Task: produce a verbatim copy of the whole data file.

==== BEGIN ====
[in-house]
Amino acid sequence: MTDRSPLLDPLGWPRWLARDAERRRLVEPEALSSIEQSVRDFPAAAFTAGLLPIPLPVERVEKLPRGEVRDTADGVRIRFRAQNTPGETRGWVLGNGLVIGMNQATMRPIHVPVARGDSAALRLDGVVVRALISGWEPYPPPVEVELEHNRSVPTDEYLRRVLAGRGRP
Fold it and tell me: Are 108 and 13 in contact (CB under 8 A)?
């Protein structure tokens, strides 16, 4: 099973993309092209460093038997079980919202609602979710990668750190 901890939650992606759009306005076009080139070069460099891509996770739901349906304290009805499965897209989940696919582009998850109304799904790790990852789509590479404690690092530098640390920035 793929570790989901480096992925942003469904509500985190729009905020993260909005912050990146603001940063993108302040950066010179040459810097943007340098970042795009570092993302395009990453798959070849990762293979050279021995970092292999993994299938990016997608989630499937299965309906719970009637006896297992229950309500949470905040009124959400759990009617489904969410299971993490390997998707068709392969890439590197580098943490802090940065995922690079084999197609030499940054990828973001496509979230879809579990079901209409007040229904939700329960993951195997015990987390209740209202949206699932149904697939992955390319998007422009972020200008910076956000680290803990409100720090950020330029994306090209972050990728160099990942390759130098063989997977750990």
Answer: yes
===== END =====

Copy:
[in-house]
Amino acid sequence: MTDRSPLLDPLGWPRWLARDAERRRLVEPEALSSIEQSVRDFPAAAFTAGLLPIPLPVERVEKLPRGEVRDTADGVRIRFRAQNTPGETRGWVLGNGLVIGMNQATMRPIHVPVARGDSAALRLDGVVVRALISGWEPYPPPVEVELEHNRSVPTDEYLRRVLAGRGRP
Fold it and tell me: Are 108 and 13 in contact (CB under 8 A)?
């Protein structure tokens, strides 16, 4: 099973993309092209460093038997079980919202609602979710990668750190 901890939650992606759009306005076009080139070069460099891509996770739901349906304290009805499965897209989940696919582009998850109304799904790790990852789509590479404690690092530098640390920035 793929570790989901480096992925942003469904509500985190729009905020993260909005912050990146603001940063993108302040950066010179040459810097943007340098970042795009570092993302395009990453798959070849990762293979050279021995970092292999993994299938990016997608989630499937299965309906719970009637006896297992229950309500949470905040009124959400759990009617489904969410299971993490390997998707068709392969890439590197580098943490802090940065995922690079084999197609030499940054990828973001496509979230879809579990079901209409007040229904939700329960993951195997015990987390209740209202949206699932149904697939992955390319998007422009972020200008910076956000680290803990409100720090950020330029994306090209972050990728160099990942390759130098063989997977750990």
Answer: yes